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As I do with all old rifles, for the first shot, I aim it at the target, then move my face/head well away from the rifle before pulling the trigger.

That is a beautiful rifle. Madsens keeps moving up and down my "to get" list. But many times something never thunked of pops up. One with the crest in the stock would be very nice.. You read anything about why they pulled the crest??? I wonder how much money that saved in the day?? Damn shame they pulled that. South American rifles seem to always have the best crests..

Hey on that 1st shot test, I have always liked holding the gun under the bench rest table, placing the table between your head and rifle. Fingers, arms legs are still at risk. :( but some gloves & heavier clothing can help. Also assuming the gun is not a dangerous bomb just an old rifle whos history may be unknown.

Then for guns that shoot from a bi-pod or Tripod.. Toss a couple of Old Flack vests over the chamber area.

Again beautiful rifle.. Love the 30-06 Bolt actions. But those Madsens are really not old surplus rifles but are more like brand spanking new surplus.
 

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As always....some history and then something that we can drool over.....keep them coming......BTW, where do you find all these rare, unthought of rifles.....this one is something that I would like to add to my collection.....
 

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Discussion Starter #11 (Edited)
As always....some history and then something that we can drool over.....keep them coming......BTW, where do you find all these rare, unthought of rifles.....this one is something that I would like to add to my collection.....
Gun Broker is about the only reliable source for them. Search for M47 Madsen. Just did a quick check and there are two listed at the moment, one still wrapped in cosmoline and wax paper.

As to where I get my ideas, I spend a lot of time browsing Forgotten Weapons.com. I am a nerd...
 

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Discussion Starter #12
That is a beautiful rifle. Madsens keeps moving up and down my "to get" list. But many times something never thunked of pops up. One with the crest in the stock would be very nice.. You read anything about why they pulled the crest??? I wonder how much money that saved in the day?? Damn shame they pulled that. South American rifles seem to always have the best crests..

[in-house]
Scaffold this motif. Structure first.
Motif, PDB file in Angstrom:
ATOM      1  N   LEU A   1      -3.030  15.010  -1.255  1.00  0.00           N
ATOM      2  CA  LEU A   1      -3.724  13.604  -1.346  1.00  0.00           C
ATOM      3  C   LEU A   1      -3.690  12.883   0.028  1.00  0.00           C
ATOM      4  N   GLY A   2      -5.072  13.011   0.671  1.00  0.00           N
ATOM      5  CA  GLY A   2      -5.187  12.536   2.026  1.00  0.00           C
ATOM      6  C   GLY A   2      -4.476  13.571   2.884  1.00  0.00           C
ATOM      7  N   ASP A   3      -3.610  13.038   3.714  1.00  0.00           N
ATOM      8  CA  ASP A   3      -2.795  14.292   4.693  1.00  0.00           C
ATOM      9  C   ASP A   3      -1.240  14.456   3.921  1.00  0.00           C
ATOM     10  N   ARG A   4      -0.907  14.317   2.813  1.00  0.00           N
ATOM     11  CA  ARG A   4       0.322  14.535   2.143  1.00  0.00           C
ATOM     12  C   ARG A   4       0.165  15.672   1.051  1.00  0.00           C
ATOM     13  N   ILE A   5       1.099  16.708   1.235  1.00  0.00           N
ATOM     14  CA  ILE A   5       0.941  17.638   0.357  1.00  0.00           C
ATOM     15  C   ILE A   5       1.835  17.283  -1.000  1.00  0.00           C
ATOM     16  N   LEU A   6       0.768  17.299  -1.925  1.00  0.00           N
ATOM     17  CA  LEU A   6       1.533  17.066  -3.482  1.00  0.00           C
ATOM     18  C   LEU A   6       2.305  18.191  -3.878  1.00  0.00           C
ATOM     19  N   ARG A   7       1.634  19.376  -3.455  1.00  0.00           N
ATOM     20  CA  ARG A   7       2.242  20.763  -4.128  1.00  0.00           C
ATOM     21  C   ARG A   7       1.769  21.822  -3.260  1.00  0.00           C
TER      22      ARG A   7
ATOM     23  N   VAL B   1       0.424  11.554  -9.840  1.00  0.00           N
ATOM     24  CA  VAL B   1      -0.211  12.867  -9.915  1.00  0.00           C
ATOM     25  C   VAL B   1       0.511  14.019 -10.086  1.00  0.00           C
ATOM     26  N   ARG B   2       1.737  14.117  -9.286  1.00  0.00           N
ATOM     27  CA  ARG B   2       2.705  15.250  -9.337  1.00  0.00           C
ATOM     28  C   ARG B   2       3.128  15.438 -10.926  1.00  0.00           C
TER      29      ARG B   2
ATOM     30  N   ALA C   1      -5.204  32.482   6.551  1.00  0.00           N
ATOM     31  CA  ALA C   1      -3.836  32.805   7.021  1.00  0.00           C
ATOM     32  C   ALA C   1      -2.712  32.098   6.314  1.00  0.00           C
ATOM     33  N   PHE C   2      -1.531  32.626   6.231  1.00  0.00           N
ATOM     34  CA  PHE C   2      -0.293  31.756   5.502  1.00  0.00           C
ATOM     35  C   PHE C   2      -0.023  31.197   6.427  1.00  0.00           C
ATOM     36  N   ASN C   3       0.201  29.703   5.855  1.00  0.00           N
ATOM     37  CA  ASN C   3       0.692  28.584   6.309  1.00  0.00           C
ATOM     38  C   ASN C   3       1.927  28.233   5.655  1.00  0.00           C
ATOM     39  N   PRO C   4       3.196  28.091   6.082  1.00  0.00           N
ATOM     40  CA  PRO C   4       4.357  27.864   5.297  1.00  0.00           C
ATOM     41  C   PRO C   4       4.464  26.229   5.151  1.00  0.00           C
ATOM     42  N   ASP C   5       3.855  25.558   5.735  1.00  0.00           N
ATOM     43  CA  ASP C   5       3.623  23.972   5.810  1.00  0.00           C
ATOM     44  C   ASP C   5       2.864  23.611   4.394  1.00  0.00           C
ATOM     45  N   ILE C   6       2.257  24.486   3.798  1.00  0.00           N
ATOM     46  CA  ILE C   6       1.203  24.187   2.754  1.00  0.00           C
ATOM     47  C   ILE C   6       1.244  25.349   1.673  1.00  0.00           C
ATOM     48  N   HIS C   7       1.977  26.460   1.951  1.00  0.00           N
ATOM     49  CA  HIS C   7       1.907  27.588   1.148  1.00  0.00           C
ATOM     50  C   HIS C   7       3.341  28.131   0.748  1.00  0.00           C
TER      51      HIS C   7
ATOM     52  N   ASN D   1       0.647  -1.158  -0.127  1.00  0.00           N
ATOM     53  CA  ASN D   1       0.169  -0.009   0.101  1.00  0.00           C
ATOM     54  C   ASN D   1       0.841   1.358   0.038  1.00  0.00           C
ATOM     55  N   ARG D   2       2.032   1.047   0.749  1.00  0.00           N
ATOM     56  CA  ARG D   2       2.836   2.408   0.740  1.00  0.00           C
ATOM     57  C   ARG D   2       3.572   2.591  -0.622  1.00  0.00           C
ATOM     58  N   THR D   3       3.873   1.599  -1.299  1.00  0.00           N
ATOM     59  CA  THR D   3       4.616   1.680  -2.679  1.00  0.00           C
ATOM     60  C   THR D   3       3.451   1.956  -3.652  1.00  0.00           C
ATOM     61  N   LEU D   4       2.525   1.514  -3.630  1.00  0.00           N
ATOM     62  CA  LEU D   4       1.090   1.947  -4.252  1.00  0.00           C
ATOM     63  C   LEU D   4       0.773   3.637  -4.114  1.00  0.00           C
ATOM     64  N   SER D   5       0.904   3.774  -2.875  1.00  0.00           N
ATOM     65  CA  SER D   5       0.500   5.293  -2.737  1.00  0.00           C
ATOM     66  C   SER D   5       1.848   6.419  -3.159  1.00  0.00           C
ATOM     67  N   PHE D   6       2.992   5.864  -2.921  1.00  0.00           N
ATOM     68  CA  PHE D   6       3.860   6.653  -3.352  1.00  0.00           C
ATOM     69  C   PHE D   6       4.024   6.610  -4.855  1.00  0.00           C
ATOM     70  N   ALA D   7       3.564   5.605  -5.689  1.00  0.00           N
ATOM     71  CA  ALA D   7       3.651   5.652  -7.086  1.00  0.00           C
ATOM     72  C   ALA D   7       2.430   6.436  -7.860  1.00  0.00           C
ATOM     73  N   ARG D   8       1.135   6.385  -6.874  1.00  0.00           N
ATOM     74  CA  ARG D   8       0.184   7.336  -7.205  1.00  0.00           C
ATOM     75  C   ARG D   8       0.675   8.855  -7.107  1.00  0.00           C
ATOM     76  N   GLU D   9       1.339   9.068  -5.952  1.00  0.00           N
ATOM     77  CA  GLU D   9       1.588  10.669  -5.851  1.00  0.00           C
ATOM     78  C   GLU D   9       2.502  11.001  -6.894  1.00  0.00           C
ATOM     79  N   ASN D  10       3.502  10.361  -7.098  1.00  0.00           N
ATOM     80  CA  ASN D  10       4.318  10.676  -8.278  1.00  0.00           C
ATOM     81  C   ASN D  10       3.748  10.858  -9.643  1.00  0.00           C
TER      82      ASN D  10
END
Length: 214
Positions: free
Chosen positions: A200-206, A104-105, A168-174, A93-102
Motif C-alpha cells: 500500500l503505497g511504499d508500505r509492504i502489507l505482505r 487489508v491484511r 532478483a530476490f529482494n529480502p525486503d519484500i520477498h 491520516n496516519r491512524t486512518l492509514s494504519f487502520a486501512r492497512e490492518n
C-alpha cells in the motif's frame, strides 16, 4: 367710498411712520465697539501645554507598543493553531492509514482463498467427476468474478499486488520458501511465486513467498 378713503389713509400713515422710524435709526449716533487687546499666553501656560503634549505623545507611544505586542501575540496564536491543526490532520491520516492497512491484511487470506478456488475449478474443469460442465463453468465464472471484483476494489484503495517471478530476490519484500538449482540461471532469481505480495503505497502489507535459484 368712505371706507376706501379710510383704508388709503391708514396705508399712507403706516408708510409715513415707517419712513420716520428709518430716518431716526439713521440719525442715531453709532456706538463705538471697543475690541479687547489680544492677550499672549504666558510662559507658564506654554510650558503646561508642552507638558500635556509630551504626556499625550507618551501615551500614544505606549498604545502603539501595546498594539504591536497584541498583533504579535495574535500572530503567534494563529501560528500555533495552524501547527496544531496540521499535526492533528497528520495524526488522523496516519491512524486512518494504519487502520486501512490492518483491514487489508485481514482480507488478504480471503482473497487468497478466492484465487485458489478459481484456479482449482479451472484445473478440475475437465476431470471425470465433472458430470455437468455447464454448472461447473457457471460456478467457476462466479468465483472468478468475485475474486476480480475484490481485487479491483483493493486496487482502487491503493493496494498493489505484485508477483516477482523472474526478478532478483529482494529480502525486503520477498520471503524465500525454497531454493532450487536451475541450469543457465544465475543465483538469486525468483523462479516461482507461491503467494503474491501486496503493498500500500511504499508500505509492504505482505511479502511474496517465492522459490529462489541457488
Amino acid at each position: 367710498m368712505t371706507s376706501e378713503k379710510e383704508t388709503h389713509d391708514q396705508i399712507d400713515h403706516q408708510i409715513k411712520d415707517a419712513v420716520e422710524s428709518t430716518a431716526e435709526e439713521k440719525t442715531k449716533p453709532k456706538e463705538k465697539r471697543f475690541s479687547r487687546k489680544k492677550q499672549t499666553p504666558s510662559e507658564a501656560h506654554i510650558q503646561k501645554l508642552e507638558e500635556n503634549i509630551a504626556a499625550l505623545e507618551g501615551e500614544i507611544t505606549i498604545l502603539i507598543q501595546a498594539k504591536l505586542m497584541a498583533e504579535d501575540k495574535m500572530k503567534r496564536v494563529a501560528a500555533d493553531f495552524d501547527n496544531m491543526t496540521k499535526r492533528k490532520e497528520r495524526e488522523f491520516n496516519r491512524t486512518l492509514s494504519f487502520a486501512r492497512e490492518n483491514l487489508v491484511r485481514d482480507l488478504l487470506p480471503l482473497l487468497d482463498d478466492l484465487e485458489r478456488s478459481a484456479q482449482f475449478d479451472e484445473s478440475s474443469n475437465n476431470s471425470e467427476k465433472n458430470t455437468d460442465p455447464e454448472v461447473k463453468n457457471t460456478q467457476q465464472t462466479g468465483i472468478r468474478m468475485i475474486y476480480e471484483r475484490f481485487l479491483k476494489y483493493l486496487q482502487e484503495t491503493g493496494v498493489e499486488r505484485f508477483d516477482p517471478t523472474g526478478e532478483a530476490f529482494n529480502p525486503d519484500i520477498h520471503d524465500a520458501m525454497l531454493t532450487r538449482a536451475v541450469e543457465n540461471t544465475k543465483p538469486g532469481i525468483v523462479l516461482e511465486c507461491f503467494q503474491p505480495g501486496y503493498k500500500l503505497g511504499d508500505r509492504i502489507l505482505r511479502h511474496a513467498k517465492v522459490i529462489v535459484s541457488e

The crests actually went on the last batch of rifles made with serial numbers From 5000 to approximately 6500. The records were lost, but the best guess is they were going to be ceremonial/honor guard rifles. They are identical to the regular rifles aside from the crest.

IMO the Persian Mauser had the nicest crest, followed by the South American rifles. :grin

download.jpeg
 

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The crests actually went on the last batch of rifles made with serial numbers From 5000 to approximately 6500. The records were lost, but the best guess is they were going to be ceremonial/honor guard rifles. They are identical to the regular rifles aside from the crest.

IMO the Persian Mauser had the nicest crest, followed by the South American rifles. :grin

View attachment 64457
Did not know that thought it was the 1st... Wonder what it cost to add..??

The Persians rifles are to die for.. Works of art.

Now nicest thing about fighting bestest mauser crests is there are no losers only winners..

But in the best non South american running you have to consider the Ethiopian crest.. It hurts to see all that crappy
Ethiopian surplus out there now was meant for these fine rifles.. But the wood ammo boxes are beautiful.
 

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Discussion Starter #14
Ok, that is a pretty one. Caliber over-stamping makes me sad.
 

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Ok, that is a pretty one. Caliber over-stamping makes me sad.
Yes and no, The purest in me cringiest but its cool because it adds to its historical journey. Its like the Sphinx's nose being cut off be it by Muslim or French gunners, at the time it kinda stunk.. a couple hundred years later its a cool part of the story..
 

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I recently received this Mauser action. Not sure what I’m going to do with it.

 

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Build a long range shooter out of it.


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That is a small ring Mauser originally chambered in 7x57mm. You can turn it into one hell of a 6.5x55 mauser it 6.6 Creedmoor.

If you want me to clean it up and blue it, drop me a PM.
 

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That is a small ring Mauser originally chambered in 7x57mm. You can turn it into one hell of a 6.5x55 mauser it 6.6 Creedmoor.

If you want me to clean it up and blue it, drop me a PM.
That’ll make a nice project.


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That is a small ring Mauser originally chambered in 7x57mm. You can turn it into one hell of a 6.5x55 mauser it 6.6 Creedmoor.

If you want me to clean it up and blue it, drop me a PM.
That’ll make a nice project.
Oh please do! :popcorn